“There’s a need for tremendous amounts of education about what peoples’ legal rights are and to make sure that people who need support and decision making have that support, that families have standing, but that we do it in a way that’s more balanced, more nuanced, in not making automatic assumptions about what peoples’ capacities are for decision making,” said Spitalnik.
Limited guardianship, for example, covers decision-making around where to live, go to school, handle money, legal and medical choices. It’s good for those who are capable of making some, but not all decisions. Power of Attorney holds similar status, but the individual has to understand, on a basic level, they’re appointing someone else to make choices on their behalf. A lesser-known option is the POLST, physician orders for life-sustaining treatment, used when the person is nearing the end of life.
While advocates agree, people placed in guardianship can be considered vulnerable, there are still many instances where it’s necessary and families need to be ready.
“If you went to the doctor office and they start asking you questions and you can’t speak for yourself, and they want you to go get a medical procedure that’s emergent and you say nothing, yu gum up the entire process because in this world liability is critical. And being clear on who to go to for the decisions can make the difference, just like getting lab work in diagnostics, and the care delivery can be delayed, bad decisions can be made,” said Steven Cook, executive director of The Arc Mercer.
The ARC Mercer is one of the only community-based services for people with special needs and developmental disabilities in Central Jersey. All of the doctors and medical specialists are highly trained in care giving and spotting legal gaps.
“I’ll go to the hospital, I’ll meet with the nurses as soon as they go to the emergency room. No matter where they go, I’ll be there, the staff will be there. So if we can explain to them who they are, what they can understand, what sets them off, how to redirect them, and everything else that they need to know to make it easier on both staff and the consumer,” said Carol Bastian, a registered nurse at The Arc Mercer.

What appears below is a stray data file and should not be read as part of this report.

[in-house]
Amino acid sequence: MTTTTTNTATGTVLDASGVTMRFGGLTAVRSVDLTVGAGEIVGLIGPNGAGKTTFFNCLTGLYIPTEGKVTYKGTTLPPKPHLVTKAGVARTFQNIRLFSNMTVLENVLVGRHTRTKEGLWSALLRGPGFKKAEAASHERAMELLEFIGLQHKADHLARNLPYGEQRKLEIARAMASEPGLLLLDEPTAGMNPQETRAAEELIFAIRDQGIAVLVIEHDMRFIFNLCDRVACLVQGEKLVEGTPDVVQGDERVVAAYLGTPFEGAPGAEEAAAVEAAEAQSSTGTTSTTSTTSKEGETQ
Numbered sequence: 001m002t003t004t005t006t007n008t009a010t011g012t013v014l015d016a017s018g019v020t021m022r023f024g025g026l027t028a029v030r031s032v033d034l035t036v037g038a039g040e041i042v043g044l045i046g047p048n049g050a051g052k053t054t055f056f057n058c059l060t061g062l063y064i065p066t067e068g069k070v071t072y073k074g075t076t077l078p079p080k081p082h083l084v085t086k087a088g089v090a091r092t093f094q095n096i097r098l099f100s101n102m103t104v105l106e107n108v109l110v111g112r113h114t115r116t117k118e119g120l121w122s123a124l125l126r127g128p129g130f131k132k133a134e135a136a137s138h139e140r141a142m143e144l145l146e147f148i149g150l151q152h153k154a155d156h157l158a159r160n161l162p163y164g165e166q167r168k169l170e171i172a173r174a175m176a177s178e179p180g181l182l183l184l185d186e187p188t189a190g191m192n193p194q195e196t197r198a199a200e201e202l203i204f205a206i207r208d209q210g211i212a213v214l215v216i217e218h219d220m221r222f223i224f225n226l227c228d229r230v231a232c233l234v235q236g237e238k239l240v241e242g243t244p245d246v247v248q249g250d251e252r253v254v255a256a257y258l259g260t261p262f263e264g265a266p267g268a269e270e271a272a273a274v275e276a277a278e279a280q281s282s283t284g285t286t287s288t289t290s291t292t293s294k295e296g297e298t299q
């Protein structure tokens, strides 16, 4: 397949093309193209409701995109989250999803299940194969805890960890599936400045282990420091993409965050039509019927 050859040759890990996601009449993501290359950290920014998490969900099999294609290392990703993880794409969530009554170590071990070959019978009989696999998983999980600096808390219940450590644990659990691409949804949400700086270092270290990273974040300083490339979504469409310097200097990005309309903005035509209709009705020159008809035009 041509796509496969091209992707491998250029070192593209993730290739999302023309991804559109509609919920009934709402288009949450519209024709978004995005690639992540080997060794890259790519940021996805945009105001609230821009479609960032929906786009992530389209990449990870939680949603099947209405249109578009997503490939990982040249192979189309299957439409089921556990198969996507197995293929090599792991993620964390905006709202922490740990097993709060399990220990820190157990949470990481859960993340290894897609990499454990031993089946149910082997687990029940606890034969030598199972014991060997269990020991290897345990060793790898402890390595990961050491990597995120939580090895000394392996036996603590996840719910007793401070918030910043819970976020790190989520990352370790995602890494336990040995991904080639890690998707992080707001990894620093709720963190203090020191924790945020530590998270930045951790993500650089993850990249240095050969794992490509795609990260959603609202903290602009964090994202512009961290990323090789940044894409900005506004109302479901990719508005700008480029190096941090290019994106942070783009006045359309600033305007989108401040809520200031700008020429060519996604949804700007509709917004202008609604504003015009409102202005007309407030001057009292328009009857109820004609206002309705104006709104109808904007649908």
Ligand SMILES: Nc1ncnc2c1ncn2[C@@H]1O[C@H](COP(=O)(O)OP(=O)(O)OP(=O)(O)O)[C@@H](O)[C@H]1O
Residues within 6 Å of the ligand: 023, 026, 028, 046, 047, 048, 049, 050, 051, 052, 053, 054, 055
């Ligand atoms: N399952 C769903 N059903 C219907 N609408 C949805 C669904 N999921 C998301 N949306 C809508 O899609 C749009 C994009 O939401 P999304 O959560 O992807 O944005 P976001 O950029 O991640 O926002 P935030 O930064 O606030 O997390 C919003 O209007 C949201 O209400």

“We know who the guardians are when we take them in. And I think from a behavioral perspective, we work really well with individuals with developmental disabilities to try and make sure they’re making the right decisions. But our model verses other models where maybe a doctor who doesn’t have as much experience with special needs and is seeing someone because they’re local and available, that process ther’re not comfortable with or they’re not even aware of,” said Cook.
Advocates say families should regularly revisit the conversation, especially as circumstance change, individuals age, and mental and health capacities decline.
“God forbid something really awful happens medically and decisions need to be made about feeding tubes or not feeding tubes, you definitely have to have legal authority otherwise the state can step in and say no you can’t terminate this person’s life, or you have to put that feeding tube in, which might not be the family’s choice,” Barlow said.
Adding, that authority shouldn’t be taken lightly, because advocates say more often than not it’s the guardians who get so much more out of giving.
“Aging and the Unknown: Adults with Developmental Disabilities” is a four-part series that dives into the complexities and challenges for those aging with intellectual and developmental disabilities.